Americans Save Less in Weak Economy

Millions of Americans aren't setting aside money for emergencies or following budgets, a new report says.
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BOSTON (TheStreet) -- When it comes to saving their pennies for a rainy day, millions of Americans are facing drought conditions, victimized by the bad decisions that come with a lack of financial literacy.

Personal savings

-- disposable income minus personal outlays -- was $304 billion in March, compared with $332.2 billion in February, according to statistics released this week by the U.S. Commerce Department's Bureau of Economic Analysis. Personal saving as a percentage of disposable personal income was 2.7% in March, compared with 3% in February.

Aside from the March dip, a new look at consumer savings habits by the

National Foundation for Credit Counseling

is far more sobering and perplexing.

The portion of adults who lack non-retirement savings has increased from 63% in 2007 to 67% in 2010. However, 30% -- the statistical equivalent of more than 68 million people -- have no savings. Only 24% are saving more now than they did a year ago because of the weak economy. Nearly 39% Generation Y adults, more than any other age group, reported having no savings. Of those with no savings, one in four say that if faced with an emergency, they would charge that expense to a credit card or take out a loan.

The NFCC, the nation's largest nonprofit credit counseling network, conducted its 2010 Financial Literacy survey with

Harris Interactive

(HPOL)

in March. The results of the annual report were extrapolated from a pool of 2,028 respondents. Debt continues to be a budget buster according to the NFCC report.

Two in five adults said their household carries credit card debt from month to month, and more than 11 million have debts of at least $10,000. Twenty-eight percent said they're habitually late in paying bills.

One-third of adults, approximately 75 million people, don't put any household income toward retirement. That's a 5% increase from the 2008 survey, but unchanged from 2009.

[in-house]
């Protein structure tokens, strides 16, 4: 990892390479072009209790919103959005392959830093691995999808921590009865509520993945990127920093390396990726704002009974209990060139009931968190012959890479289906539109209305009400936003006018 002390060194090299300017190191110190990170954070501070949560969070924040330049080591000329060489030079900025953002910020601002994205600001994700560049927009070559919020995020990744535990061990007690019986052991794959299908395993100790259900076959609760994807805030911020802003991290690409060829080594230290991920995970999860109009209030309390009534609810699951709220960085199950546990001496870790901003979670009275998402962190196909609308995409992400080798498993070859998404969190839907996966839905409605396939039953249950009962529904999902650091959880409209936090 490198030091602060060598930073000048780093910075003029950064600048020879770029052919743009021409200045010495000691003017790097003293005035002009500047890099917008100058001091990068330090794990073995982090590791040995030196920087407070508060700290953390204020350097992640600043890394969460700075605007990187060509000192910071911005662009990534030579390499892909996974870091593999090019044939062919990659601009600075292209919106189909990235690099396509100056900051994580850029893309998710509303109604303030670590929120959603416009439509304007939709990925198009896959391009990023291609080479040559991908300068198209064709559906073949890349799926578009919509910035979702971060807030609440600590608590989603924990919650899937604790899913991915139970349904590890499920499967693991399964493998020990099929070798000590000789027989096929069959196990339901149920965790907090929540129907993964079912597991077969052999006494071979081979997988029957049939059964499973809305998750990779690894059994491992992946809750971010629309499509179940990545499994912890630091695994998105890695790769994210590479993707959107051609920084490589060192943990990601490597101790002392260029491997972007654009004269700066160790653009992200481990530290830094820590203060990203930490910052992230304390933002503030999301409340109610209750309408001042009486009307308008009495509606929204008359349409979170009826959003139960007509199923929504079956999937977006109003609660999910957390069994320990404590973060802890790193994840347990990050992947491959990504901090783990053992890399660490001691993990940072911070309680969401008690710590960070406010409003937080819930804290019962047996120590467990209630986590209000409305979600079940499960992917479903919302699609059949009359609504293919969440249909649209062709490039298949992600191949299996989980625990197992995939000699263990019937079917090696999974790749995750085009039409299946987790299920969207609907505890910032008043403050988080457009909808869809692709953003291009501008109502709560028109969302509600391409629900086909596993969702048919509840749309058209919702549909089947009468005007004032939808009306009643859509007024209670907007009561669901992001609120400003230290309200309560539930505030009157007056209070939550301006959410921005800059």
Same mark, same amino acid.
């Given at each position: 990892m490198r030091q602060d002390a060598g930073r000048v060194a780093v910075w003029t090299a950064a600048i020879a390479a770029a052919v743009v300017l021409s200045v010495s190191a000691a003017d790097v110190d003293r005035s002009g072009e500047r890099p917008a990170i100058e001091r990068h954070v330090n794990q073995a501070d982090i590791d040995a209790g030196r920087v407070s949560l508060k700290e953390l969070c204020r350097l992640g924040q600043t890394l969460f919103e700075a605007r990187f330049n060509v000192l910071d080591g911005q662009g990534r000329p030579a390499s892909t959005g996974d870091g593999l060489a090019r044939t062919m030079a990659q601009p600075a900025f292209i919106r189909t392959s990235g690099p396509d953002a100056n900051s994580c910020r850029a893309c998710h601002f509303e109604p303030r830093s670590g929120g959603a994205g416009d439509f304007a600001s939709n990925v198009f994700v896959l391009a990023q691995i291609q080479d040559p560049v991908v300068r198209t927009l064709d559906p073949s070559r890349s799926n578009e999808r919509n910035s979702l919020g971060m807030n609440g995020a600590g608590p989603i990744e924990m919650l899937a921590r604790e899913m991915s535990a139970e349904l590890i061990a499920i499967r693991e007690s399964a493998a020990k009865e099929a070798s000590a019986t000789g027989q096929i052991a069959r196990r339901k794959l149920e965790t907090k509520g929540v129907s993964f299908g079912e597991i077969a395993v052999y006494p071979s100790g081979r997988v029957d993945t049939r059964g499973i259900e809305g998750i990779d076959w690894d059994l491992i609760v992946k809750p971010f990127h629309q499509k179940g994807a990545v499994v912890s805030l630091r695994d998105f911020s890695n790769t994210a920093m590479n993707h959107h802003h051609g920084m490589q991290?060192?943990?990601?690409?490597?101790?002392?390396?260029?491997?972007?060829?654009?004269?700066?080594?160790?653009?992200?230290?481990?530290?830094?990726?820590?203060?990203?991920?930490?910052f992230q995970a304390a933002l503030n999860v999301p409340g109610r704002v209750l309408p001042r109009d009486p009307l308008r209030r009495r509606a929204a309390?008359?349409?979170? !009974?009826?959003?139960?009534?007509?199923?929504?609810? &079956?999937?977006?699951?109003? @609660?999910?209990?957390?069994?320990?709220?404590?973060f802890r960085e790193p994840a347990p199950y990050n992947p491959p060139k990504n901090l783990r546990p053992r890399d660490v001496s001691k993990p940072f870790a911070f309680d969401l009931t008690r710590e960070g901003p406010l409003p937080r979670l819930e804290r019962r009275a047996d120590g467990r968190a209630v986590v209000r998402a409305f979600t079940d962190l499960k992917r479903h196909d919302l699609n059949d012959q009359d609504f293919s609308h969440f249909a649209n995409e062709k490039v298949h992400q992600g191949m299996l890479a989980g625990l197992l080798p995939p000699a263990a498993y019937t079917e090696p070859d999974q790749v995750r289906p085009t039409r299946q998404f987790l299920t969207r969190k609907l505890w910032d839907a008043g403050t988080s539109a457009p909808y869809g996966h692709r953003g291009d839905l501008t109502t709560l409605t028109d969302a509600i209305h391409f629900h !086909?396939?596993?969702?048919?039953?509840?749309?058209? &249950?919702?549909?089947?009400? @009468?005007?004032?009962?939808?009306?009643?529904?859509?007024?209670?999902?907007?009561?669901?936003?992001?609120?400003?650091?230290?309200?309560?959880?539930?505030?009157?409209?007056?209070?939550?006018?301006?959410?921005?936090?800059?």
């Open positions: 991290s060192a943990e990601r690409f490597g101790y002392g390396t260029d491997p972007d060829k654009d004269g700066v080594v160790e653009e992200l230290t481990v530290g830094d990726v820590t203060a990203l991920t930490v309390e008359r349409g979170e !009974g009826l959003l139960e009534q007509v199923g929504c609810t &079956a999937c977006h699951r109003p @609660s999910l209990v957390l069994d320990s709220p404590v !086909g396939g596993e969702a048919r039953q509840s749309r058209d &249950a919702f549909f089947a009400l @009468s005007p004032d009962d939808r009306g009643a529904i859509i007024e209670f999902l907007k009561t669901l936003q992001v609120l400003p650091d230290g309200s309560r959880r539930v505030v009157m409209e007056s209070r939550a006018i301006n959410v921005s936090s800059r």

More than two in five adults keep close track of their spending, an increase since 2007. More than half still lack budgets, and more than 11 million adults don't monitor their overall spending and don't know how much they spend on food, housing and entertainment.

Nearly two-thirds of adults have not ordered a copy of their credit reports in the past year and nearly one-third don't know their credit scores.

A slight "silver lining" does show amid the gloomy findings, according to NFCC Chief Executive Susan Keating. A larger portion of respondents gave themselves higher grades on their knowledge of personal finance this year. In 2009, 41% gave themselves grades of C, D or F, with only 34% falling into that category in 2010.

"Sometimes it takes hitting bottom to facilitate change, and this is apparently what has happened with many American consumers," Keating says. "Tracking spending and creating non-retirement savings are two of the building blocks to financial stability, and the recession has served as a harsh reminder of this to millions who have been affected by the economic downturn."

-- Reported by Joe Mont in Boston.